How you can get informal childcare for anyone under 14 from friends and family you do not live with.
What a childcare bubble is
From 2 December, childcare bubbles are allowed in all tiers.
A childcare bubble is where one household links with one other household to provide informal childcare to anyone under 14. All adults in both households must agree to this arrangement. ‘Informal’ childcare means it is unpaid and unregistered.
Members of either household can provide childcare in a home or public place. This includes overnight care.
You can only have one childcare bubble with one other household. This means no household should be part of more than one childcare bubble.
You can only use a childcare bubble for childcare. You cannot use a childcare bubble to mix with another household for other reasons.
If you form a childcare bubble, it’s best if this is with a household who live locally. This will help prevent the virus spreading from an area where more people are infected.
How childcare bubbles relate to other types of bubble
A childcare bubble is different to a support bubble and a Christmas bubble. Being in a childcare bubble does not stop you from forming a support bubble or a Christmas bubble.
You might be able to form a support bubble to have close contact with another household. You have to meet certain eligibility rules to form a support bubble. Find out more about making a support bubble with another household.
You must avoid seeing members of your childcare and support bubbles at the same time, unless otherwise permitted by gatherings limits in your tier.
You can form a Christmas bubble between 23 and 27 December. There is a 3-household limit on a Christmas bubble. Two households in a childcare bubble together count as 2 households towards the 3-household limit.
Changing a childcare bubble
From 2 December you may change your childcare bubble provided that:
- at least one person in the proposed new childcare bubble is under the age of 14
- neither household is part of a separate childcare bubble which they intend to remain a part of
If you decide to change your childcare bubble, you should treat your previous bubble as a separate household for 10 days before forming a new bubble. This means following the rules on meeting people from other households in the tier you are in. You should not provide childcare as if you are in a bubble during this period.
If someone in your previous childcare bubble develops symptoms or tests positive for coronavirus up to 48 hours after members of the bubble last met, all members of the bubble must self-isolate for 10 days. You must not form a new bubble until you have completed your self-isolation.
Children turning 14
The childcare bubble only continues while there is anyone aged under 14 within that bubble.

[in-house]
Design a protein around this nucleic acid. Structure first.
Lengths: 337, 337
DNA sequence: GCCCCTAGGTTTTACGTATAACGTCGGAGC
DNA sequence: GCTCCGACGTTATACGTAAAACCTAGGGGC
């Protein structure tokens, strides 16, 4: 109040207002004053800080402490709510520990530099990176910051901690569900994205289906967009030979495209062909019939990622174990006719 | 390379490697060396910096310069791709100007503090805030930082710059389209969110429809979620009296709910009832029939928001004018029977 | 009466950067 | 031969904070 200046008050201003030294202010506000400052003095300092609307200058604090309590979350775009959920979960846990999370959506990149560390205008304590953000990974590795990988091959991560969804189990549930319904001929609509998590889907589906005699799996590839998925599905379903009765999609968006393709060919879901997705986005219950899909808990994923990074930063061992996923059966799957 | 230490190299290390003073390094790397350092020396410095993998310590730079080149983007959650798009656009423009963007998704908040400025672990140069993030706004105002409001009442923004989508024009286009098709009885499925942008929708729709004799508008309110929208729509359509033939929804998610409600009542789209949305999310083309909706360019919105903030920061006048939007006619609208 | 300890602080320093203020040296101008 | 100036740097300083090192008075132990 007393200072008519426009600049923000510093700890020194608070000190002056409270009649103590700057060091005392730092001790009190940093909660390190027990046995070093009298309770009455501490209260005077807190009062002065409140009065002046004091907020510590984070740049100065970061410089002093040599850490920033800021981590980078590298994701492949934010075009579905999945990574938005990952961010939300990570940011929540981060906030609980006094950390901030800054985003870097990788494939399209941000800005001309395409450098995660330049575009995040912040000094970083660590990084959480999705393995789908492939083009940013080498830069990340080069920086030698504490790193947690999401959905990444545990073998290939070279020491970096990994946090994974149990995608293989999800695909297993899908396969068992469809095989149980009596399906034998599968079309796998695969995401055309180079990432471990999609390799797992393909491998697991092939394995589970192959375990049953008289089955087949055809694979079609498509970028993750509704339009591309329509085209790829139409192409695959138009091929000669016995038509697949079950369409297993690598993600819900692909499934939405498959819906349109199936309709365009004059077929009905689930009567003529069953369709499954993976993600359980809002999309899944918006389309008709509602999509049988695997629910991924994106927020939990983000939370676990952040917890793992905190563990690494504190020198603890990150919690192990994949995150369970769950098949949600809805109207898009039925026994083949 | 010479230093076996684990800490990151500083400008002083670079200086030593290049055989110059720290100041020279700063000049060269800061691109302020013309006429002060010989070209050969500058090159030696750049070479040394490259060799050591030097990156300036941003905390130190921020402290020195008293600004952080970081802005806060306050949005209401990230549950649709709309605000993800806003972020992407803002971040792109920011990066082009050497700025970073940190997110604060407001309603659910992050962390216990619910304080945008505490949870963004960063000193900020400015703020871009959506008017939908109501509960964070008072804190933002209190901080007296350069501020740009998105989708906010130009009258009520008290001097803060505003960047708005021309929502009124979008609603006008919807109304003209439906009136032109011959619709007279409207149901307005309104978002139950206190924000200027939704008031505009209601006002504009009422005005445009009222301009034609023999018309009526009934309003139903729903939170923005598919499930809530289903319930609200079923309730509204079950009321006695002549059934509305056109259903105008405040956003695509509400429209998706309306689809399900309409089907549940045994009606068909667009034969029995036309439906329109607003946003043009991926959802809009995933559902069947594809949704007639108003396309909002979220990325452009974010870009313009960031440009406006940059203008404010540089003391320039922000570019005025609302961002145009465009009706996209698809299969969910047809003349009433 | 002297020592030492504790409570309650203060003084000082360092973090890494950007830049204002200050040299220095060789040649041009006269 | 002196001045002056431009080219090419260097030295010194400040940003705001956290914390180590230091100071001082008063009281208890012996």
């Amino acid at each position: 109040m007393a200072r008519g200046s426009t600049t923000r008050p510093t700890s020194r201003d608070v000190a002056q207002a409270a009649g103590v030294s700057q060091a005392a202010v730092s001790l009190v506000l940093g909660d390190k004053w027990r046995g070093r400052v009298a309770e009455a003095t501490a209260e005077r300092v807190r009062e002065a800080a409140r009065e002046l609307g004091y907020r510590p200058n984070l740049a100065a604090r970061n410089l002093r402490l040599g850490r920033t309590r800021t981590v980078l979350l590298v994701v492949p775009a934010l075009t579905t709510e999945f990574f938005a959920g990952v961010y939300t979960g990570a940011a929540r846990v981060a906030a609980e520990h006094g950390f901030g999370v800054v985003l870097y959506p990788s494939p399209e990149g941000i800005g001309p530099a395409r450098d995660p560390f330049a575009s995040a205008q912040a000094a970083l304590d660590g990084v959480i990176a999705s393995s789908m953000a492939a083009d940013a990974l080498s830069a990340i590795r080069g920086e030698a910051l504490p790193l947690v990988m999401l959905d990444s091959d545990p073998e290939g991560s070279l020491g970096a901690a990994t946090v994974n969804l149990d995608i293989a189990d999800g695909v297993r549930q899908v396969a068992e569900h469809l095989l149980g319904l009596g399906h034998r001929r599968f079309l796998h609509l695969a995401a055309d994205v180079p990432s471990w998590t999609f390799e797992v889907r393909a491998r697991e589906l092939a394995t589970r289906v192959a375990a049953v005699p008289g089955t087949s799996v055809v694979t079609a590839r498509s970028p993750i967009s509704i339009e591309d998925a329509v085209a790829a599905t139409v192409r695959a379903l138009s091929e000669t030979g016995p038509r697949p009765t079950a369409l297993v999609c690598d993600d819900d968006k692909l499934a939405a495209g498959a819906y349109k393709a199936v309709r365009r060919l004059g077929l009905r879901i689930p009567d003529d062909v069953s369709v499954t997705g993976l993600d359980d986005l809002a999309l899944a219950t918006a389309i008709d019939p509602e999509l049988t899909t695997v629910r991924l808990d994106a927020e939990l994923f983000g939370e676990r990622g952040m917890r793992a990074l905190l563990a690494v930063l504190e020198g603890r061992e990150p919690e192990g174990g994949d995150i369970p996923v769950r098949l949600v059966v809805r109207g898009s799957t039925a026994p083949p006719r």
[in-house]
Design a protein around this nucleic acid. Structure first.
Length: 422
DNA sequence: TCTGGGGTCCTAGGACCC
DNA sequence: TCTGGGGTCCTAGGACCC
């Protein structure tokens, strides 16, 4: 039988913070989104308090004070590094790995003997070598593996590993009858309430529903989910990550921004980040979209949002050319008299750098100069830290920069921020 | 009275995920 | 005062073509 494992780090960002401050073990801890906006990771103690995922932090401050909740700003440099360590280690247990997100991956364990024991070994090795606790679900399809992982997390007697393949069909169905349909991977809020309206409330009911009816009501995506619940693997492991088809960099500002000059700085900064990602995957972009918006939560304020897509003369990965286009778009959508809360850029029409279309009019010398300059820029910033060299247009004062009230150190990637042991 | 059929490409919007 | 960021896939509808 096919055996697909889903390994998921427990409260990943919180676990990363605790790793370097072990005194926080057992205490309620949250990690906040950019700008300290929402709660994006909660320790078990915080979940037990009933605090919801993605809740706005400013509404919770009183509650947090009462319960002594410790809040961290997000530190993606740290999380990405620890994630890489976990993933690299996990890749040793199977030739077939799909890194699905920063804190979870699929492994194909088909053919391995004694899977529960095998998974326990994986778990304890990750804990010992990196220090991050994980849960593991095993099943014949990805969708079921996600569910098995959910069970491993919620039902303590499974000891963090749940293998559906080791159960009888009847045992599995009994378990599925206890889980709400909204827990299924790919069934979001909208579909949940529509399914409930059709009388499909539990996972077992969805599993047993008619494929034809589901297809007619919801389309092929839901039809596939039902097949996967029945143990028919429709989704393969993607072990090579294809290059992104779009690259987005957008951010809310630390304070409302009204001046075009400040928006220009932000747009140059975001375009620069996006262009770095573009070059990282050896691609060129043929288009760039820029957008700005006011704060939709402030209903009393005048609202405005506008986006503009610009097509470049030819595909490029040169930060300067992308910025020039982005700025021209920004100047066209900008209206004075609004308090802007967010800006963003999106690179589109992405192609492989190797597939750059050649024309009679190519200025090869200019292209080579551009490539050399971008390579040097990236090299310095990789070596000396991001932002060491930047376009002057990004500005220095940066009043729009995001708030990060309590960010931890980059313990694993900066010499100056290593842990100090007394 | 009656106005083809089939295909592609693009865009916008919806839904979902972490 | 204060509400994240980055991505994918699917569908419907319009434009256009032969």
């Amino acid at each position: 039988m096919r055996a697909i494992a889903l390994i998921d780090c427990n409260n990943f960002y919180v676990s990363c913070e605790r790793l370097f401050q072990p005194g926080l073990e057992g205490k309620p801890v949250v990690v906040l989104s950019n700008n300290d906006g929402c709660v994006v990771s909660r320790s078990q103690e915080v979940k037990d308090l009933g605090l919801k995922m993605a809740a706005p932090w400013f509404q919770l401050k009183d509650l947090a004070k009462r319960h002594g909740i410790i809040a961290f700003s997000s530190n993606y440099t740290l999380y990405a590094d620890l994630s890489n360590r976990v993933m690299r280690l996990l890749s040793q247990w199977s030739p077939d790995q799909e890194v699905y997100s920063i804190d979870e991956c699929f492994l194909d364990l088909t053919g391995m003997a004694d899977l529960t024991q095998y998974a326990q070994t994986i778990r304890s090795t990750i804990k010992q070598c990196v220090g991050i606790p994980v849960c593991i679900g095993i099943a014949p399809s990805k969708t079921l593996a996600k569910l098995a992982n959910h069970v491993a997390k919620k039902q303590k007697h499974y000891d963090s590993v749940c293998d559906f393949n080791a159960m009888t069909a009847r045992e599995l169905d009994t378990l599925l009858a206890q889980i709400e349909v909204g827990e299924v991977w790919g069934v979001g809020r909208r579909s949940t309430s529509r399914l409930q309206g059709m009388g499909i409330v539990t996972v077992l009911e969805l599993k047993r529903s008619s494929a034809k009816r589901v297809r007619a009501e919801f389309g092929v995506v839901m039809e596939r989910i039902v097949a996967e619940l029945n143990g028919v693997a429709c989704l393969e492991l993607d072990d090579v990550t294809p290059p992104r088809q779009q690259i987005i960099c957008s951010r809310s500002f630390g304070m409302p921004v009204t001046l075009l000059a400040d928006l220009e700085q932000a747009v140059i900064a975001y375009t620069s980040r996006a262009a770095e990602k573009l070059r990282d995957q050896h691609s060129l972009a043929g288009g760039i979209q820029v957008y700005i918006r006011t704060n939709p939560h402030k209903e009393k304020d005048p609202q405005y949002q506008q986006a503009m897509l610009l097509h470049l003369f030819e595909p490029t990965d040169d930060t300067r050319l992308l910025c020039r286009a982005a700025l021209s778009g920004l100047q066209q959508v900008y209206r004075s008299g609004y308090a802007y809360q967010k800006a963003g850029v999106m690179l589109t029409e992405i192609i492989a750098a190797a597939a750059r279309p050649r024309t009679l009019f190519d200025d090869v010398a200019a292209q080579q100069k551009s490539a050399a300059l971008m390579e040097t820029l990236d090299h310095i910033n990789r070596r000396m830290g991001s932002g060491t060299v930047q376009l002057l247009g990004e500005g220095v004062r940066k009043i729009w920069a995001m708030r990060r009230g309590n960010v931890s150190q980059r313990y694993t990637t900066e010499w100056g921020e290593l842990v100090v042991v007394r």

Once everyone in a household is aged 14 or above, the childcare bubble arrangement must stop.
If your child lives in more than one location
You can mix indoors where necessary with the other parent to allow your child to move between homes.
A child moving between 2 parents who live separately is not counted as a childcare bubble. This means both you and the other parent can also form a childcare bubble with one other household.
If someone in your childcare bubble develops coronavirus symptoms or tests positive
If you share custody of your child, and you and your child’s other parent are in separate childcare bubbles, members of both bubbles should stay at home if someone in either household develops symptoms or tests positive for coronavirus.
This is critical to controlling the virus, as it will help to stop it spreading across multiple households.
If NHS Test and Trace contacts you or someone in your childcare bubble, you must follow their guidance.
If you’re clinically extremely vulnerable
If you’re clinically extremely vulnerable, you should reduce social contacts as much as possible. You will minimise your risk of infection if you limit all your contacts, particularly with people that you do not live with.
However, if you feel it is essential, you can maintain an existing childcare bubble, or form a new one as per the guidance on changing your bubble. This is a personal choice and should be balanced against the increased risk of infection.
Those defined, on medical grounds, as clinically extremely vulnerable to coronavirus are people with specific serious health conditions.
Other forms of childcare support
In addition to childcare bubbles, the following people can provide childcare support (including in private homes and gardens):
- registered childcare providers
- providers of other supervised activities for children, including wraparound care and children’s groups
- paid in-home childcare providers
- people in your support bubble
Guidance on working safely in other people’s homes is available.
Early years settings and childminders remain open, and you can continue to use these settings as normal. Nannies are able to work in your home or any other setting.
You can also get informal help with childcare from people who do not live with you, and are not part of your support or childcare bubble, so long as you follow the rules on meeting other people which apply in your area.
For example, in an area which is in Tier 1, people from different households can gather indoors and outdoors in a group of up to 6 people. This will allow for some informal childcare to take place.
Find out what the rules are in your area.